It finally looks like the Federal Reserve’s rate-hiking cycle has come to an end, as the central bank’s policymakers signaled that more rate cuts could be in store next year than they had foreseen in September. The Federal Open Market Committee maintained its key policy rate at 5.25%-5.50%, as widely expected, but it still kept the door open for additional firming. Traders cheered the Fed’s revised expectations, with all three benchmark indices ending around 1.4% higher each, while yields plummeted.

Dot plot: Fed officials now expect three rate cuts next year and four more in 2025, according to the Summary of Economic Projections. While the new projection implies fewer cuts than what the markets priced in, it means that the Fed is moving closer to easing. In the September median projections, policymakers had forecast one last rate hike for 2023, followed by two cuts in 2024. Most FOMC members expect the key rate to fall within the 4.25%-5.0% range next year.

Fed Chair Jerome Powell remained cautious in the post-decision press conference, saying the Fed is “just at the beginning” of discussing policy easing. He noted that inflation is still elevated, although it has eased from its highs without a spike in unemployment. Powell reiterated that incoming data will determine the Fed’s decision on how long it keeps rates restrictive. “He acknowledges that it is premature to declare victory, but this FOMC meeting gives off a strong sense of achievement,” said Yimin Xu on behalf of Investing Group Leader Cestrian Capital Research.

“Despite the message of caution from the press conference, the Fed has clearly taken a dovish tone here,” said SA analyst Jeremy LaKosh, adding that the economy needs to achieve significant disinflationary milestones over the next 12 months. Wolf Richter noted that the FOMC’s statement toned down the chance of additional rate hikes, but left the door cracked open, “just in case.” Meanwhile, ING Economic and Financial Analysis thinks the Fed will end up being more aggressive on rate cuts than both they and the market are currently expecting.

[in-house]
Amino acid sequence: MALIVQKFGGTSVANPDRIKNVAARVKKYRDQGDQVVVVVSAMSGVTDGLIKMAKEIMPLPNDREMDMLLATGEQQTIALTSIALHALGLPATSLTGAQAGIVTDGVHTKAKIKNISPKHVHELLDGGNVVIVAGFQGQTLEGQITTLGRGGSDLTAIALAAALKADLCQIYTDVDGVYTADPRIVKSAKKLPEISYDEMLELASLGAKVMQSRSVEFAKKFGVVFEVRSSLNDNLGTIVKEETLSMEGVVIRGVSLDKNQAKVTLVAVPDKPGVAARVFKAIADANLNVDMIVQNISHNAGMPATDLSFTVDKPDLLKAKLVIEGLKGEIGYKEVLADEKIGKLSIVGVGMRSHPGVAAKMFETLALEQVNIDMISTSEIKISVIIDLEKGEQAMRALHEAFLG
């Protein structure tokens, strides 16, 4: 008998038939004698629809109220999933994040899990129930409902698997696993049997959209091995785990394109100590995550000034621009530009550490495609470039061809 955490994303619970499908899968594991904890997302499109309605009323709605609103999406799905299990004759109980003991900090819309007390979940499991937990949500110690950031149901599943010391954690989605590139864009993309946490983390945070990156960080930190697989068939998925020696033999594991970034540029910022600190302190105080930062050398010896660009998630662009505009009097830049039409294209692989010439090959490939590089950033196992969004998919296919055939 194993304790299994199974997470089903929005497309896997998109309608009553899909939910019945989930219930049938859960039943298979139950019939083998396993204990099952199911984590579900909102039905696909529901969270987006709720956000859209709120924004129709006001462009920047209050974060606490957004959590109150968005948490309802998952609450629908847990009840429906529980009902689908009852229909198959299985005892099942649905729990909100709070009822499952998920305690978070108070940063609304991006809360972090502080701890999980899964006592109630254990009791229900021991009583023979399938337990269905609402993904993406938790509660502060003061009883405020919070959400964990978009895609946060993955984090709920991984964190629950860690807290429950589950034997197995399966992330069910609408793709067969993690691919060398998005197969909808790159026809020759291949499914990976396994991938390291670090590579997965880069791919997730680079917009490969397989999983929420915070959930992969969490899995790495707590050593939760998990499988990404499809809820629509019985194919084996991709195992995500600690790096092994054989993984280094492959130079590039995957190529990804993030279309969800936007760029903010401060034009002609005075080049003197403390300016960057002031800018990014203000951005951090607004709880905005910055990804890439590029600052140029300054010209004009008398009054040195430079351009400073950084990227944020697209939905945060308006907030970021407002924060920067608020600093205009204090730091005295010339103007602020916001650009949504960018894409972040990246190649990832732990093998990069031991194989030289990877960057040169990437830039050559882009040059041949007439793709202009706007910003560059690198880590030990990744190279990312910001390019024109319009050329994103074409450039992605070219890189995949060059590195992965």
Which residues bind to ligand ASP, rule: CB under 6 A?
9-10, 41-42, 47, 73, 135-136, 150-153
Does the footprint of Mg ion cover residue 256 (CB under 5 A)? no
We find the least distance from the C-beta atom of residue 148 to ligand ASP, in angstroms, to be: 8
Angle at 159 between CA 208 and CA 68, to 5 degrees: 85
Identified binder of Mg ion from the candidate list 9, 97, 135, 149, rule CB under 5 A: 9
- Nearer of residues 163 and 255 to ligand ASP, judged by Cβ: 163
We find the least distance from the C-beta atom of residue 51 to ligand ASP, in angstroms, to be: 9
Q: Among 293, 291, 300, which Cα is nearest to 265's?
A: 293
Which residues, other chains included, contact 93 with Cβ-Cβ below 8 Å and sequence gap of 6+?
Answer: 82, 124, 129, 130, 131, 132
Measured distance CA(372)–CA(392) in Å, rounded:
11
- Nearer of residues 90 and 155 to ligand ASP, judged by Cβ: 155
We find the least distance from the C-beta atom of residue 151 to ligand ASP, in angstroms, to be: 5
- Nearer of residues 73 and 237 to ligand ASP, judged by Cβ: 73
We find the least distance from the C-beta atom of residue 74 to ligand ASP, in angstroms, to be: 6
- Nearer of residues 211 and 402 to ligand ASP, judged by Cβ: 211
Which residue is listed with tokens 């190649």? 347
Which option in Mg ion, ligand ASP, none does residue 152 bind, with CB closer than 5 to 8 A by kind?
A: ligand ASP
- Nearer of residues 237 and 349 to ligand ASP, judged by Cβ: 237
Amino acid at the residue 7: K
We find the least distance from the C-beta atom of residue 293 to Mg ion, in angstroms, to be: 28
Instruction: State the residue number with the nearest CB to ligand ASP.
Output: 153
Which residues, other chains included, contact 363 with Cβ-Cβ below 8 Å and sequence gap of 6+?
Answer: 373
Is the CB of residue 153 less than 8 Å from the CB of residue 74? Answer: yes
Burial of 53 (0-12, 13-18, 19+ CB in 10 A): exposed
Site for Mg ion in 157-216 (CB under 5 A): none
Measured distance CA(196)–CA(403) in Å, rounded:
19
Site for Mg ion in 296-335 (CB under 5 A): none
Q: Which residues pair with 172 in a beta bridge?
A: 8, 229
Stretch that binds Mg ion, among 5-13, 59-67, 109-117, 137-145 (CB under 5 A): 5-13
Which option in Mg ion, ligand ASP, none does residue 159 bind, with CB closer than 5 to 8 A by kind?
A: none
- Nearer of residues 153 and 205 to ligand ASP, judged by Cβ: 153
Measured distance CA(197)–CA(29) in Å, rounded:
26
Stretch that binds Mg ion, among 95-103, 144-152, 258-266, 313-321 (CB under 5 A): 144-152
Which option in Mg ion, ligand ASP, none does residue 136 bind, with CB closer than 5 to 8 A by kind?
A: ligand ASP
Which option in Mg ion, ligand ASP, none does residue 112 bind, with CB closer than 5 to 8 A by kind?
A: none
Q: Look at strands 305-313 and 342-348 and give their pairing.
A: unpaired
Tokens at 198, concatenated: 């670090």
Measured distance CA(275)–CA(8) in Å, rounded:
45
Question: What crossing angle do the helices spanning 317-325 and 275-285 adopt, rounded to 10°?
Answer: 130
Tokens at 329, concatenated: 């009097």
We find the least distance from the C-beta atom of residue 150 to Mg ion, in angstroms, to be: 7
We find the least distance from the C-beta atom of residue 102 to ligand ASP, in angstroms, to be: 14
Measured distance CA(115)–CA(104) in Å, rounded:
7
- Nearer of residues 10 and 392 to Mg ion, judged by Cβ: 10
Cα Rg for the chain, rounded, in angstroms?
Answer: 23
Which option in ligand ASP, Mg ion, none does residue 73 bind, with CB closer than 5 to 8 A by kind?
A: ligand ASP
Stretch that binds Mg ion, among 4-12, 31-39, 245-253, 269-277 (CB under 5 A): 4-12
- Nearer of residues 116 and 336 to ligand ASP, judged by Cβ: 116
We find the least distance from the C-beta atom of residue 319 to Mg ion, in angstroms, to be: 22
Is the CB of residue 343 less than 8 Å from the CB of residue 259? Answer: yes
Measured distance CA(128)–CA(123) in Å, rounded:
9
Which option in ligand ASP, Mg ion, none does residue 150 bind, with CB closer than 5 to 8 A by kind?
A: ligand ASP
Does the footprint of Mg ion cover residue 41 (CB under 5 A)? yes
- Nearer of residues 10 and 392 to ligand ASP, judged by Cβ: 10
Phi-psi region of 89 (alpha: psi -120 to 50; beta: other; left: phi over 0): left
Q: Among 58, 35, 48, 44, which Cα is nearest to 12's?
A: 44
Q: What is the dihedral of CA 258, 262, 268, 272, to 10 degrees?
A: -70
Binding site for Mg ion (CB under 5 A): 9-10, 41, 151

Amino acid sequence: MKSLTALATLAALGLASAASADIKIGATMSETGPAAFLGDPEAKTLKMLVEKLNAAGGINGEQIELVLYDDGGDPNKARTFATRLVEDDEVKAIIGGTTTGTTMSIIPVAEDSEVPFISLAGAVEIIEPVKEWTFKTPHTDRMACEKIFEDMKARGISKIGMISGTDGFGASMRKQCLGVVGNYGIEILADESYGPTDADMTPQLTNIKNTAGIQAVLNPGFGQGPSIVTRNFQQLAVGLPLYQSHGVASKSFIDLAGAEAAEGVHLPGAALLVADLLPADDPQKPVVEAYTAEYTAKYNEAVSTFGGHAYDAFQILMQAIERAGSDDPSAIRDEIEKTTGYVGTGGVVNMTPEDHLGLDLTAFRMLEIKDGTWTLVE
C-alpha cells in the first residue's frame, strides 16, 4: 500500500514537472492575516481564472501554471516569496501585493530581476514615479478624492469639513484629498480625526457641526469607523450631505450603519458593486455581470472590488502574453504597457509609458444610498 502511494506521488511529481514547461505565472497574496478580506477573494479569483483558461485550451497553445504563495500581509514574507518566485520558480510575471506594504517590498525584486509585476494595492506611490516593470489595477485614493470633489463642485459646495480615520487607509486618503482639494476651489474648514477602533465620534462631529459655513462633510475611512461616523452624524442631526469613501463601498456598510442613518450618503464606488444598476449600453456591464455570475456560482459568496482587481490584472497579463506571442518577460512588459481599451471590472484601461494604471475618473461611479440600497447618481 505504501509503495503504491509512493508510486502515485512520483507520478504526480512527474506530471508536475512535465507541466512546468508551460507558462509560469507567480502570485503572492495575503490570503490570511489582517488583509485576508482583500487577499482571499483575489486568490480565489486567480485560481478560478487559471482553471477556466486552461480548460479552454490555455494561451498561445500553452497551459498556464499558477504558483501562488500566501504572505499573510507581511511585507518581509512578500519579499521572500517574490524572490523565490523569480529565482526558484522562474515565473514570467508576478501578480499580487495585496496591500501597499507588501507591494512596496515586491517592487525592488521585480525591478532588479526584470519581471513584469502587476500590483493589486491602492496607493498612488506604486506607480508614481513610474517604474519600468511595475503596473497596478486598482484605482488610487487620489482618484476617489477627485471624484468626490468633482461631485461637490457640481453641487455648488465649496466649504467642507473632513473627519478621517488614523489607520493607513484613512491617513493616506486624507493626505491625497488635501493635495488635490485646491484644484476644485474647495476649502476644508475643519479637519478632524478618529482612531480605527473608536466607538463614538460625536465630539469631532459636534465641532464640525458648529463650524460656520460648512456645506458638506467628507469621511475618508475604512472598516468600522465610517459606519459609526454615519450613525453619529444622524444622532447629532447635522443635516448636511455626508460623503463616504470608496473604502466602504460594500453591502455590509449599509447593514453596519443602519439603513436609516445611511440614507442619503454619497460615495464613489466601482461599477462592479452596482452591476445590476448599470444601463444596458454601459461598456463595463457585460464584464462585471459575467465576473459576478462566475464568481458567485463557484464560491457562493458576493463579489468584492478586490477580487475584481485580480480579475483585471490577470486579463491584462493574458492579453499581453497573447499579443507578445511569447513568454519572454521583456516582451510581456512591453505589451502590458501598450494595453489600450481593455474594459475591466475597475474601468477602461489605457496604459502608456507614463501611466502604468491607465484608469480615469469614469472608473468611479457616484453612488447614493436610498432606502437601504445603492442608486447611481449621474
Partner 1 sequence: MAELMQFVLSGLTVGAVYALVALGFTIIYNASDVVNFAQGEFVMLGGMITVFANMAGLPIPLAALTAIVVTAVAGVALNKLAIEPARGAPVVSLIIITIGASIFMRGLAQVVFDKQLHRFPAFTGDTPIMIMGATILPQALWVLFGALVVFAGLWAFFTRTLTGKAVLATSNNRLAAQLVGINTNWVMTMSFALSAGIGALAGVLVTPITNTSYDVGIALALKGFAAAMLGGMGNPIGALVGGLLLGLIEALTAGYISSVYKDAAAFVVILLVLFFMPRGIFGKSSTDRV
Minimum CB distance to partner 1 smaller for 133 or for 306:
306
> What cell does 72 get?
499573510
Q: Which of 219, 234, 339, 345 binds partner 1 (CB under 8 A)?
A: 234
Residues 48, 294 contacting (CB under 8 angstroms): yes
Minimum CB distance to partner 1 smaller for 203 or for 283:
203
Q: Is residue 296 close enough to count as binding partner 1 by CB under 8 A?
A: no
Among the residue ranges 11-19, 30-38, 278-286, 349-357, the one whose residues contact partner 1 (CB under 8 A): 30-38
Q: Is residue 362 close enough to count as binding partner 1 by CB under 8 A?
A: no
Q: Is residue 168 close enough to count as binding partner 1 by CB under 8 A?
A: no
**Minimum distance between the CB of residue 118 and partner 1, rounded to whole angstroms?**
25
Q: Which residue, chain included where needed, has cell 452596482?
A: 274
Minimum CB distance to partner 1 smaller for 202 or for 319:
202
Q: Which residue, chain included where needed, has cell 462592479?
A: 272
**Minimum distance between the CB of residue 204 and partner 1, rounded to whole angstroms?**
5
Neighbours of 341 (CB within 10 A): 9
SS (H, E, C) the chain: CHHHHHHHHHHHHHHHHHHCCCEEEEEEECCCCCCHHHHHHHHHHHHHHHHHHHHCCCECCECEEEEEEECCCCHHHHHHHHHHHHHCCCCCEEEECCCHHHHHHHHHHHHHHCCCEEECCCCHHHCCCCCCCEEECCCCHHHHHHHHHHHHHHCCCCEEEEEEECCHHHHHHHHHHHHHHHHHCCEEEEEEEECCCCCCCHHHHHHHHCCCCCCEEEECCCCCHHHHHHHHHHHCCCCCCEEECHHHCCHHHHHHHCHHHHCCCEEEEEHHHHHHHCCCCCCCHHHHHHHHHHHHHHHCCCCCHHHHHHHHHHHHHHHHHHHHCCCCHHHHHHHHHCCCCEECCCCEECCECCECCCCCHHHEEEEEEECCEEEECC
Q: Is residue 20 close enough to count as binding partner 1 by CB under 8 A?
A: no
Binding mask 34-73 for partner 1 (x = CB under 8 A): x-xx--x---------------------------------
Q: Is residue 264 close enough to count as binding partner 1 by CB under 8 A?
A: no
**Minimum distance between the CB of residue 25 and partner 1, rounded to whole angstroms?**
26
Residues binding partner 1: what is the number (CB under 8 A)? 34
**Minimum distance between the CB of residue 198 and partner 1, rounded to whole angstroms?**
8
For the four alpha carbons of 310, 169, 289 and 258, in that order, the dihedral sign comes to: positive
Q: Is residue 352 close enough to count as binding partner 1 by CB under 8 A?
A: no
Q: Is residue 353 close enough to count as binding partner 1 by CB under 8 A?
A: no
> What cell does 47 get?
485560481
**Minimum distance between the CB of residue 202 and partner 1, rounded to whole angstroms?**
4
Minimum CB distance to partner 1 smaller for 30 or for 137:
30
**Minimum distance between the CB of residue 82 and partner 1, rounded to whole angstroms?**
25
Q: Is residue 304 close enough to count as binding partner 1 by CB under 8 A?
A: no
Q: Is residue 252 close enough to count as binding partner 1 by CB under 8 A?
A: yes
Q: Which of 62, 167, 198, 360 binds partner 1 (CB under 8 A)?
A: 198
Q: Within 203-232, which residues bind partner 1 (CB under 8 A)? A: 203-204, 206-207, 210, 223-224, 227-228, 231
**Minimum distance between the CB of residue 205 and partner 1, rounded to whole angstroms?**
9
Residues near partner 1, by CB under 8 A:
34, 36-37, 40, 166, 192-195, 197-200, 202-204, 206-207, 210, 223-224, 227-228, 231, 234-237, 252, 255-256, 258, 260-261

The Federal Reserve finally signaled the long-awaited “pivot,” acknowledging slowing inflation …



… and starting to discuss the timing for initiating interest rate cuts.

Chair Powell: – … that begins to come into view and is clearly a topic of discussion out in the world and also a discussion for us at our meeting today.

The dot plot is signaling some 75 bps of rate cuts next year.



At the end of the day, the market was pricing in around six 25 bps rate reductions next year.



Treasury yields plunged in response to the Fed’s “pivot” signal (2 charts).



The dollar tumbled, …



Mortgage rates dip below 7%.



US Economy


  • Last month’s job gains topped expectations. However, excluding government jobs, the figure was roughly in line with economists’ estimates.
  • Healthcare and Government continues to be a key driver of job growth.
  • And just for completeness, here is the above trend with government jobs removed. It points to a weaker breadth in the labor market.



  • The retail sector is shedding jobs.



  • After the jobs report, the market quickly reduced its expectations for Fed rate cuts next year.
  • Consumer sentiment climbed this month, exceeding expectations.
  • Consumers increasingly see themselves in a worse financial situation than five years ago.



  • Inflation expectations eased, as gasoline prices fell further.
  • Leading indicators continue to signal slower inflation ahead.
  • More Americans with full-time jobs are moonlighting.



  • The CPI report was roughly in line with expectations, with the core inflation strengthening in November.
  • The GDPNow nowcast estimate for the Q4 economic growth climbed to 2.6% (annualized), …


Source: Federal Reserve Bank of Atlanta


  •  … boosted by resilient consumer spending (“PCE Goods/Services”).



  • Last month’s retail sales exceeded expectations, signaling robust economic activity.



Source: @economics   Read full article


Market Data


  • Crude oil has declined for seven consecutive weeks.



  • US natural gas is crashing, amid warmer-than-usual weather.



  • The index has been up for six consecutive weeks.



  • Components of the US CPI index:



  • The S&P 500 hit the highest level since January of 2022. Technicals suggest that the index is overbought.



  • The S&P 500 is now less than 2% below its peak.



  • 90% of S&P 500 members are above their 50-day moving average.



  • Retail investors haven’t been this bullish since early 2021.



Great Quotes


“When you no longer need the approval from others like the air you breathe, the possibilities are endless. What an interesting little prison we build from the invisible bricks of other people’s opinions.” – Jacob Nordby


Picture of the Week


Winter in Huangshan China





All content is the opinion of Brian Decker